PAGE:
Since the movie doesn’t deal with Cheney’s views, it doesn’t show what happened on those occasions when they collided with reality. It doesn’t show the way he minimized the obstacles to the use of force or to other assertions of American power. When interviewer Tim Russert asked him on “Meet the Press” on the eve of the 2003 invasion of Iraq if he thought Americans were prepared for a “long, costly and bloody” war, Cheney replied, “Well, I don’t think it’s likely to unfold that way, Tim, because I really do believe that we will be greeted as liberators.” He said more than once that the Iraqi insurgency that followed the American invasion was in its “last throes,” when it wasn’t.
Stripping Cheney of ideology makes him look vaguely like a forerunner of President Trump. It suggests that the same forces — ignorant voters, sinister manipulators — were at work. “Vice” includes fleeting shots of Mike Pence and Jeff Sessions, who were at best marginal to Cheney’s career. It may well be that, in the entertainment industry, all conservatives seem alike. But Cheney was an uber-hawk, while Trump is a pseudo-populist, and they are not the same. Trump has spent the past couple of weeks pulling American troops from Syria, a decision that runs directly contrary to Cheney’s core beliefs: As vice president, he consistently avowed a strong U.S. military presence in the Middle East. Later, he lambasted President Barack Obama for withdrawing U.S. troops from Iraq.
And Trump wants desperately to curtail the flow of people into our country. Immigration wasn’t a major issue for Cheney, but to the extent he talked about it, he was largely supportive. Along with Bush, Cheney pushed unsuccessfully for legislation that would have opened a way to legal status for more than 10 million immigrants. Three years ago, Cheney upbraided Trump for trying to bar Muslims from the United States. “This whole notion that somehow we can just say no more Muslims, just ban a whole religion, goes against everything we stand for,” Cheney told interviewer Hugh Hewitt. Cheney was also a free trader, where Trump is decidedly not.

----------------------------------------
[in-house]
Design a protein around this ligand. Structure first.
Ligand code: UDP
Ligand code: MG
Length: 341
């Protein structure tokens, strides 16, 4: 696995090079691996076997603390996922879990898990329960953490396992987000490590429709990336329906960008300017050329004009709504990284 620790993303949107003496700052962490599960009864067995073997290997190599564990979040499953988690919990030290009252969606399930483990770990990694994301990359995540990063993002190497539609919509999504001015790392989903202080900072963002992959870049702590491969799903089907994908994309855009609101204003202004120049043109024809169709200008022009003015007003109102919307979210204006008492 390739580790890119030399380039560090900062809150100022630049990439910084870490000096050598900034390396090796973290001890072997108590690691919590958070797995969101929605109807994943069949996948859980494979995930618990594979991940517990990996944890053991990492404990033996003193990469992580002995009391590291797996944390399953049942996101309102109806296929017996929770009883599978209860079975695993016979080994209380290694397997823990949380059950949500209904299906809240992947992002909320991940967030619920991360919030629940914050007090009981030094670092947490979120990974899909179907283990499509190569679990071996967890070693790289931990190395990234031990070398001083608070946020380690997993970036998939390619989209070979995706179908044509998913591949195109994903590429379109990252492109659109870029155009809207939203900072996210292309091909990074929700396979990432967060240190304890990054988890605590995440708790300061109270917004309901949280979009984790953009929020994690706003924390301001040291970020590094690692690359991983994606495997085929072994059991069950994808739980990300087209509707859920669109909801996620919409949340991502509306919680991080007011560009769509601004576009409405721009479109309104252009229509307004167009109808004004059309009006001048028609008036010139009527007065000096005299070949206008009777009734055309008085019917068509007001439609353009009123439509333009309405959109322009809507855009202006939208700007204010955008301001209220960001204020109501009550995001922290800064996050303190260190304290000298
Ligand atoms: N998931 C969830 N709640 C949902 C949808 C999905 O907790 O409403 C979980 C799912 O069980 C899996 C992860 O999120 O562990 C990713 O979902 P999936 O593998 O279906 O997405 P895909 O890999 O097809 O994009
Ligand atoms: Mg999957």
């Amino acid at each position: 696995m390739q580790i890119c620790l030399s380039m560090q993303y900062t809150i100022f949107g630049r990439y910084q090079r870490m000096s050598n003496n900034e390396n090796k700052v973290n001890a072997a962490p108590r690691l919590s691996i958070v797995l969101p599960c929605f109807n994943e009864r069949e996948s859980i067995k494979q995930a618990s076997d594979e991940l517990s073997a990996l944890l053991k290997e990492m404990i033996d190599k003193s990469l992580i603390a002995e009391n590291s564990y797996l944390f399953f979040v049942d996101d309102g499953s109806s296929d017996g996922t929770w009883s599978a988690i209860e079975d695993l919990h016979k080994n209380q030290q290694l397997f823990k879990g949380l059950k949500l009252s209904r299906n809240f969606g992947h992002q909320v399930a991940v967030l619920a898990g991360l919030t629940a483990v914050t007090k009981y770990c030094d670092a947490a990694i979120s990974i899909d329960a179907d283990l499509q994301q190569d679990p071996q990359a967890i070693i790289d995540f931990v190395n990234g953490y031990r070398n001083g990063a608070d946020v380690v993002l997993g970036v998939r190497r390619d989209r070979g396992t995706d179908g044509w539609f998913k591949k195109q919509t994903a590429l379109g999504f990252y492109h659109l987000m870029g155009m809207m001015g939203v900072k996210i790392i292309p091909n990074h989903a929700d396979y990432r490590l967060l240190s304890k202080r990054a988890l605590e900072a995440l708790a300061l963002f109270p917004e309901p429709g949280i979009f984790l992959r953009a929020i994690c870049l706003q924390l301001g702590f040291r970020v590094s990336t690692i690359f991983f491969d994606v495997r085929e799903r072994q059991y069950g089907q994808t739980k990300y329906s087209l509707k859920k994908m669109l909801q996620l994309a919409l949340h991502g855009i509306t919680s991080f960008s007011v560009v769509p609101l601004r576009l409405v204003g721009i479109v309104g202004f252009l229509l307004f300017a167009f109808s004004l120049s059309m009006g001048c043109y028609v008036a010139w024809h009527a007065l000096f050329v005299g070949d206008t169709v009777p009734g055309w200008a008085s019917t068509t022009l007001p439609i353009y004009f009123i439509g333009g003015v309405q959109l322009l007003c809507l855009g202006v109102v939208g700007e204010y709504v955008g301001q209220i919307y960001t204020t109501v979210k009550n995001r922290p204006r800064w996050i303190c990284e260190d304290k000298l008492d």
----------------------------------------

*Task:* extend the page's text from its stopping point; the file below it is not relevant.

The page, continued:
In the end, the Cheney of “Vice” comes across as a cartoon Darth Vader, and a peculiar one at that. Past depictions of Cheney-as-Vader usually showed him leading the way toward American domination of the Middle East — or of the whole world. The new Cheney-Vader of “Vice” cares about nothing but his own dominion. He has no beliefs. In this way “Vice” misses the most important aspect of the real-life Dick Cheney:
He was wrong.